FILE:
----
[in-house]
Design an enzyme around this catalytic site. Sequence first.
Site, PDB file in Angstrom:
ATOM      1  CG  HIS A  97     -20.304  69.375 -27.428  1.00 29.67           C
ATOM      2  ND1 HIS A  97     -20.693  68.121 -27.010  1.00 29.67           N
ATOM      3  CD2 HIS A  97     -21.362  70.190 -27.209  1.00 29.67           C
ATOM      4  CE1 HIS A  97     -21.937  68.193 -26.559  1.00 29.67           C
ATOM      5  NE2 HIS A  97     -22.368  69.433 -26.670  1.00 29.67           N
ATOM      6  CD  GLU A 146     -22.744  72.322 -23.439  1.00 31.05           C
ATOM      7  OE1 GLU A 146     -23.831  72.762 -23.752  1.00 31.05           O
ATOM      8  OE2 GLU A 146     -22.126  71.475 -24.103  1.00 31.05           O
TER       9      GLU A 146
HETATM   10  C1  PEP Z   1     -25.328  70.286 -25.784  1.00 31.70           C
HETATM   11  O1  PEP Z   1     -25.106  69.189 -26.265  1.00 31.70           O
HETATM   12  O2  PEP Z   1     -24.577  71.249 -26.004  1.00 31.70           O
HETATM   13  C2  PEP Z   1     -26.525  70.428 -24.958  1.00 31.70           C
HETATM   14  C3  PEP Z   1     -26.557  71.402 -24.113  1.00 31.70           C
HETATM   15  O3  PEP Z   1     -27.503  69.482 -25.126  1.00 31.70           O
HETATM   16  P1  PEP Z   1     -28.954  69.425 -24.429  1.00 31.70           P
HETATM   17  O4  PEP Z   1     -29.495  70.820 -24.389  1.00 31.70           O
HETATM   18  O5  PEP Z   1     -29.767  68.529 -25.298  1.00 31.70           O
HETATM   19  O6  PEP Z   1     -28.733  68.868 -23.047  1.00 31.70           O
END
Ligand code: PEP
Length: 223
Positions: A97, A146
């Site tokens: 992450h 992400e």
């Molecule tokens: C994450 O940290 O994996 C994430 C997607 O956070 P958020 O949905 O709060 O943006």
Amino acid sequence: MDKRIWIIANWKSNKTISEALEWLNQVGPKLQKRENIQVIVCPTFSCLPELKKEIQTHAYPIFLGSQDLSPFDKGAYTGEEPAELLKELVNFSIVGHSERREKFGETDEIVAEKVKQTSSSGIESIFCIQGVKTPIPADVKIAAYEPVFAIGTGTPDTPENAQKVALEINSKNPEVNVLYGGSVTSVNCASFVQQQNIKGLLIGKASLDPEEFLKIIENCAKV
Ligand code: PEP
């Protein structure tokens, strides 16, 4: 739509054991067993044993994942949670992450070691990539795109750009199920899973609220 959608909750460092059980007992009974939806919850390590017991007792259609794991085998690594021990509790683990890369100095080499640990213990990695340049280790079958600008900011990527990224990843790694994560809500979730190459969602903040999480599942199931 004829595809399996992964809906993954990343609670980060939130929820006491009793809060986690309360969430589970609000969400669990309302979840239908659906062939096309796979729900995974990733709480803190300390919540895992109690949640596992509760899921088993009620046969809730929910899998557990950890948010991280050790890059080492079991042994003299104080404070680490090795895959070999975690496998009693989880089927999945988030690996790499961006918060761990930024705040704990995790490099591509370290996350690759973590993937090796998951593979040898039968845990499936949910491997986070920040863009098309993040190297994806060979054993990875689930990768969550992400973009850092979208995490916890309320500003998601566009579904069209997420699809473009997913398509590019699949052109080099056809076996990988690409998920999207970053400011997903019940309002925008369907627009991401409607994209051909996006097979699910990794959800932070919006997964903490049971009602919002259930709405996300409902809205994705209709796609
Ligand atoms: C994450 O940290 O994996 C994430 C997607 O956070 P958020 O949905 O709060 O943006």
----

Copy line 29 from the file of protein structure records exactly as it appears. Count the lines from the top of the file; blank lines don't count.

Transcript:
Amino acid sequence: MDKRIWIIANWKSNKTISEALEWLNQVGPKLQKRENIQVIVCPTFSCLPELKKEIQTHAYPIFLGSQDLSPFDKGAYTGEEPAELLKELVNFSIVGHSERREKFGETDEIVAEKVKQTSSSGIESIFCIQGVKTPIPADVKIAAYEPVFAIGTGTPDTPENAQKVALEINSKNPEVNVLYGGSVTSVNCASFVQQQNIKGLLIGKASLDPEEFLKIIENCAKV